Almost always, bread with olives, Harissa and various salads (without dressing) was served as an appetizer, which I often ate almost alone. As a main course, I could then usually choose between fries (which usually came with mayo, no matter how often I said "only ketchup") and pasta with garlic, vegetables or tomato sauce (always asked whether it is prepared without any animal ingredients). In addition there was usually Slata Tounsia (= "Tunisian salad"), which consists of finely diced cucumbers, tomatoes and occasionally onions, sometimes garnished with pieces of tuna.

Once I had pizza with olives and mushrooms without cheese and another time I ate vegetable risotto without parmesan, although I was asked twice if there really should be no parmesan, because otherwise it would not taste as good... Unfortunately, they never had hummus, although dishes with hummus were on the menu, because it was unfortunately too hot at the time to store the hummus properly (on one day we had up to 40 degrees).

Unfortunately, I can't say much about the prices, since I hardly ever paid anything myself. Tunisians are very hospitable, which is why they always insisted on inviting me when we went out to eat. In general, Tunisia is a lot cheaper than Germany. You can get a portion of French fries for three dinars, which is about one euro (the exchange rate was € 1 : 3 DNT).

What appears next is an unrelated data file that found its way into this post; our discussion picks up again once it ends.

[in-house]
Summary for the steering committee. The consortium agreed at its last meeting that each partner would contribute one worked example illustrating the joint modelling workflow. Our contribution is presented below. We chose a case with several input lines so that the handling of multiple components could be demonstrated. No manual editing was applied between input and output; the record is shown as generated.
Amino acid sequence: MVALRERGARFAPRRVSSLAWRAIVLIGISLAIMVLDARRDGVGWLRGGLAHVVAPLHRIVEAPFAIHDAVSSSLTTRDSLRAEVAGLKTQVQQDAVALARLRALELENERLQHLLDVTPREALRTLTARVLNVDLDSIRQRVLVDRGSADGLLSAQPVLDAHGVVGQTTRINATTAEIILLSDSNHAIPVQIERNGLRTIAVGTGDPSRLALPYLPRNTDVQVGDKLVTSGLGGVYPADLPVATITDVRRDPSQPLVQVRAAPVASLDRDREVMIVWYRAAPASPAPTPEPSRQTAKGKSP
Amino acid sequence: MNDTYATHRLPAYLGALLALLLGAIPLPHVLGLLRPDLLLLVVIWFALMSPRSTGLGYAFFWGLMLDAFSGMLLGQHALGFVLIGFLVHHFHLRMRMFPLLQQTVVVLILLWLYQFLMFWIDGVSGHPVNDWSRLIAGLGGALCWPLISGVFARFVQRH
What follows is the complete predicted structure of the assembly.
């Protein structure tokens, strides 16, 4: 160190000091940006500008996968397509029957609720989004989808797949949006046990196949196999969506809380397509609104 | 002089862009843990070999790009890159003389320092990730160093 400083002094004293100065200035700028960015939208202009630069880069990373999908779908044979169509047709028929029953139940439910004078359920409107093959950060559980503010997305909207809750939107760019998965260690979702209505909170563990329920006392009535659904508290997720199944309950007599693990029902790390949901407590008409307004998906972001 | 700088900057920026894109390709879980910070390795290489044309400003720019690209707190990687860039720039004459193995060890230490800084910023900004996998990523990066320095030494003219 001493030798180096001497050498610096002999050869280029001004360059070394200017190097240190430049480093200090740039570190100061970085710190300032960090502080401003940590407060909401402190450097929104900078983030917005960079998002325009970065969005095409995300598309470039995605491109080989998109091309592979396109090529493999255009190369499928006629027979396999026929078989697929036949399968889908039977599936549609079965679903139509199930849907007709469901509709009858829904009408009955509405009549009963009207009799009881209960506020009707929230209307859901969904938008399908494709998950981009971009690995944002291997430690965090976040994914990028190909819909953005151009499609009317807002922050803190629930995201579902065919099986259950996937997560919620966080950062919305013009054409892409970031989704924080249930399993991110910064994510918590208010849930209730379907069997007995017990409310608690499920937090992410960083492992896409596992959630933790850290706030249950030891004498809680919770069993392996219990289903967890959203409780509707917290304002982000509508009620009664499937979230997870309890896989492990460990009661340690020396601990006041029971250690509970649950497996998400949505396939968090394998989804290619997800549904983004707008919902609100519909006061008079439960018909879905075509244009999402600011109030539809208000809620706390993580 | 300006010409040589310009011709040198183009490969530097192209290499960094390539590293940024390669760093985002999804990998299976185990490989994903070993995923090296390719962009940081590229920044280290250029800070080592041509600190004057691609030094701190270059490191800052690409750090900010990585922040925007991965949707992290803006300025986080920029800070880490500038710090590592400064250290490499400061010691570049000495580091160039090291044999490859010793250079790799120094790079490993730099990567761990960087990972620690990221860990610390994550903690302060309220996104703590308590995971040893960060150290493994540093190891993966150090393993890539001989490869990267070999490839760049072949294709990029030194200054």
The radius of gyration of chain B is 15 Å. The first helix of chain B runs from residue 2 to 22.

Appetizer in Tunisia: Bread, Olives, Salad, Harissa
Tunisian Garlic Pasta
Vegan Pizza in Tunisia

Vegan Street Food

Tunisian Bambalouni
Cactus figs
Vegan Dark Chocolate Ice Cream in Tunisia

Outside the restaurants and cafes we often ate something in the city. A typical street food in Tunisia is fricassé. This is fried dough, which is topped like a sandwich, typically with mashed potatoes, harissa, olives, egg and tuna, but I could leave out the latter two. The seller has even noticed once, that we have talked about whether it is vegan, and has specially washed the container and the refillers again for me.

Another typical Tunisian delicacy are Bambalounis. These are fried dough rings that taste slightly salty and then are rolled in sugar. On one of my social media posts there was a huge discussion about whether they were vegan or not, but my friend and also the internet say that the dough consists only of flour, yeast, water & salt, which is also suggested by the low price of one dinar. The best and most Bambalouni stalls can be found in Sidi Bou Said, a district of Tunis, also known as the “Santorini of Tunisia”.

What’s more, there are the so-called Hindis (=“cactus figs”). The sellers remove the peel and you can eat the fruit straight away. Here one is very often pulled off as a tourist, I once paid 10 dinars for three pieces (over three euros), although locals usually pay 0.5 dinars (about 30 cents) per piece...

What surprised me was the ice cream parlour Mongelli in Hammamet. There were some vegan ice creams, including dark chocolate and sorbets like mojito, and the staff knew right away when we asked. The ice cream was also incredibly delicious – we visited it very often. 😀

Typical Tunisian Dishes Made Vegan